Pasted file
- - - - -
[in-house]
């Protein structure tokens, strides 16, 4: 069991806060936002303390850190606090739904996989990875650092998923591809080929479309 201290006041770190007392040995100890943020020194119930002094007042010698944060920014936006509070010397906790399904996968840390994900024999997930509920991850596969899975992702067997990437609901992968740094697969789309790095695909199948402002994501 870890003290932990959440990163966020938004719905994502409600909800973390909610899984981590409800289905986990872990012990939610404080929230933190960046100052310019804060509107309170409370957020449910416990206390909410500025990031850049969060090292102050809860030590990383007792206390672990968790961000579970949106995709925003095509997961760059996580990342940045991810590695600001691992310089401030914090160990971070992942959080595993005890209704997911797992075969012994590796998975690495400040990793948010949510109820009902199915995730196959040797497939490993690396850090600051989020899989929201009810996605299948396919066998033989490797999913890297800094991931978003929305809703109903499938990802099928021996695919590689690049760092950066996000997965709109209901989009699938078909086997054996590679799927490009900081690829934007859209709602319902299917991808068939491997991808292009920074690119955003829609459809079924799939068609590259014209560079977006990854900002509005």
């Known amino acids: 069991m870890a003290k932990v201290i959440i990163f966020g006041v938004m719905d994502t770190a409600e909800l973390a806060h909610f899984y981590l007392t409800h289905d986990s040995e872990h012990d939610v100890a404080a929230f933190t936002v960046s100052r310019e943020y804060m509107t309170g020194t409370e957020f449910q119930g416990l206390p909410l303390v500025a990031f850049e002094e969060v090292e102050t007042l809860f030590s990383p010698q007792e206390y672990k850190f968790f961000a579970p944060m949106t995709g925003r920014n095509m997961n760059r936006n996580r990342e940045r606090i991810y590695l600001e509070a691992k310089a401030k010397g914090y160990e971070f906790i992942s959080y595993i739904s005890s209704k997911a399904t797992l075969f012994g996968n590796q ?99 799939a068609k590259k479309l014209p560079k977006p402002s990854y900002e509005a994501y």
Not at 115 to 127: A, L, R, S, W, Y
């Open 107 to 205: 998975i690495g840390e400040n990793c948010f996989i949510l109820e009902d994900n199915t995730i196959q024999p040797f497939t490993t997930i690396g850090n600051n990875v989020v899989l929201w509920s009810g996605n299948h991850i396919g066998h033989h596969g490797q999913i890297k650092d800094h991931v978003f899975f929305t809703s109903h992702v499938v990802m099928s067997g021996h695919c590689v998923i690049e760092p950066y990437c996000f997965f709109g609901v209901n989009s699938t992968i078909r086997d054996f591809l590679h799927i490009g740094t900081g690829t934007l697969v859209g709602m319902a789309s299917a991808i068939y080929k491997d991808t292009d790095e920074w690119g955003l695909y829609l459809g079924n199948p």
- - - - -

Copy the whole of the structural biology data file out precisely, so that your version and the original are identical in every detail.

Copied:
[in-house]
């Protein structure tokens, strides 16, 4: 069991806060936002303390850190606090739904996989990875650092998923591809080929479309 201290006041770190007392040995100890943020020194119930002094007042010698944060920014936006509070010397906790399904996968840390994900024999997930509920991850596969899975992702067997990437609901992968740094697969789309790095695909199948402002994501 870890003290932990959440990163966020938004719905994502409600909800973390909610899984981590409800289905986990872990012990939610404080929230933190960046100052310019804060509107309170409370957020449910416990206390909410500025990031850049969060090292102050809860030590990383007792206390672990968790961000579970949106995709925003095509997961760059996580990342940045991810590695600001691992310089401030914090160990971070992942959080595993005890209704997911797992075969012994590796998975690495400040990793948010949510109820009902199915995730196959040797497939490993690396850090600051989020899989929201009810996605299948396919066998033989490797999913890297800094991931978003929305809703109903499938990802099928021996695919590689690049760092950066996000997965709109209901989009699938078909086997054996590679799927490009900081690829934007859209709602319902299917991808068939491997991808292009920074690119955003829609459809079924799939068609590259014209560079977006990854900002509005």
């Known amino acids: 069991m870890a003290k932990v201290i959440i990163f966020g006041v938004m719905d994502t770190a409600e909800l973390a806060h909610f899984y981590l007392t409800h289905d986990s040995e872990h012990d939610v100890a404080a929230f933190t936002v960046s100052r310019e943020y804060m509107t309170g020194t409370e957020f449910q119930g416990l206390p909410l303390v500025a990031f850049e002094e969060v090292e102050t007042l809860f030590s990383p010698q007792e206390y672990k850190f968790f961000a579970p944060m949106t995709g925003r920014n095509m997961n760059r936006n996580r990342e940045r606090i991810y590695l600001e509070a691992k310089a401030k010397g914090y160990e971070f906790i992942s959080y595993i739904s005890s209704k997911a399904t797992l075969f012994g996968n590796q ?99 799939a068609k590259k479309l014209p560079k977006p402002s990854y900002e509005a994501y």
Not at 115 to 127: A, L, R, S, W, Y
């Open 107 to 205: 998975i690495g840390e400040n990793c948010f996989i949510l109820e009902d994900n199915t995730i196959q024999p040797f497939t490993t997930i690396g850090n600051n990875v989020v899989l929201w509920s009810g996605n299948h991850i396919g066998h033989h596969g490797q999913i890297k650092d800094h991931v978003f899975f929305t809703s109903h992702v499938v990802m099928s067997g021996h695919c590689v998923i690049e760092p950066y990437c996000f997965f709109g609901v209901n989009s699938t992968i078909r086997d054996f591809l590679h799927i490009g740094t900081g690829t934007l697969v859209g709602m319902a789309s299917a991808i068939y080929k491997d991808t292009d790095e920074w690119g955003l695909y829609l459809g079924n199948p």